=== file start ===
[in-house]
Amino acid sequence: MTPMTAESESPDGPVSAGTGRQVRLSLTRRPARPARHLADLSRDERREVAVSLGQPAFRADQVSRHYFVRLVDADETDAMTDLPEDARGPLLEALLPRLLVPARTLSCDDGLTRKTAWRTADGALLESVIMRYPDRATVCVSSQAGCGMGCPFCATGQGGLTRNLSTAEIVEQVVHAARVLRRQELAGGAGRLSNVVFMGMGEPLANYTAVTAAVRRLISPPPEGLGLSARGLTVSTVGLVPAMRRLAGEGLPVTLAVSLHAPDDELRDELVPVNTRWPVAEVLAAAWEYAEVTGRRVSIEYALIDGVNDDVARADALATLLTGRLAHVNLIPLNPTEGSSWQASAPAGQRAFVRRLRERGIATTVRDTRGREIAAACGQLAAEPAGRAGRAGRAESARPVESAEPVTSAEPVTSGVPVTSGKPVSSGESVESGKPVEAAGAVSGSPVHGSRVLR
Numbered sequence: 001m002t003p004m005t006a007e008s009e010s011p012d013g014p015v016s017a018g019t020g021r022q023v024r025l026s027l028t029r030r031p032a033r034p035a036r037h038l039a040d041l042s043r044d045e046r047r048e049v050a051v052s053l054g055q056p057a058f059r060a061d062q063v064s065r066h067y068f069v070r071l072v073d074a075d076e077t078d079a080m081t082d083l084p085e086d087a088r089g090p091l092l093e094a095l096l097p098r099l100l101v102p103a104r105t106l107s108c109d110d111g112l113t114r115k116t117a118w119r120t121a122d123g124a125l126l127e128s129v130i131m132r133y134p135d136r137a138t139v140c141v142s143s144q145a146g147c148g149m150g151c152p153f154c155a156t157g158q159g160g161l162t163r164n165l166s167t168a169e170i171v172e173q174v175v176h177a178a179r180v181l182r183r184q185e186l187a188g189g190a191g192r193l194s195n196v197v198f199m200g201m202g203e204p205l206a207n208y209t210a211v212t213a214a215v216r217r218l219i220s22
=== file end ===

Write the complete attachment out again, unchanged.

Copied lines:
[in-house]
Amino acid sequence: MTPMTAESESPDGPVSAGTGRQVRLSLTRRPARPARHLADLSRDERREVAVSLGQPAFRADQVSRHYFVRLVDADETDAMTDLPEDARGPLLEALLPRLLVPARTLSCDDGLTRKTAWRTADGALLESVIMRYPDRATVCVSSQAGCGMGCPFCATGQGGLTRNLSTAEIVEQVVHAARVLRRQELAGGAGRLSNVVFMGMGEPLANYTAVTAAVRRLISPPPEGLGLSARGLTVSTVGLVPAMRRLAGEGLPVTLAVSLHAPDDELRDELVPVNTRWPVAEVLAAAWEYAEVTGRRVSIEYALIDGVNDDVARADALATLLTGRLAHVNLIPLNPTEGSSWQASAPAGQRAFVRRLRERGIATTVRDTRGREIAAACGQLAAEPAGRAGRAGRAESARPVESAEPVTSAEPVTSGVPVTSGKPVSSGESVESGKPVEAAGAVSGSPVHGSRVLR
Numbered sequence: 001m002t003p004m005t006a007e008s009e010s011p012d013g014p015v016s017a018g019t020g021r022q023v024r025l026s027l028t029r030r031p032a033r034p035a036r037h038l039a040d041l042s043r044d045e046r047r048e049v050a051v052s053l054g055q056p057a058f059r060a061d062q063v064s065r066h067y068f069v070r071l072v073d074a075d076e077t078d079a080m081t082d083l084p085e086d087a088r089g090p091l092l093e094a095l096l097p098r099l100l101v102p103a104r105t106l107s108c109d110d111g112l113t114r115k116t117a118w119r120t121a122d123g124a125l126l127e128s129v130i131m132r133y134p135d136r137a138t139v140c141v142s143s144q145a146g147c148g149m150g151c152p153f154c155a156t157g158q159g160g161l162t163r164n165l166s167t168a169e170i171v172e173q174v175v176h177a178a179r180v181l182r183r184q185e186l187a188g189g190a191g192r193l194s195n196v197v198f199m200g201m202g203e204p205l206a207n208y209t210a211v212t213a214a215v216r217r218l219i220s22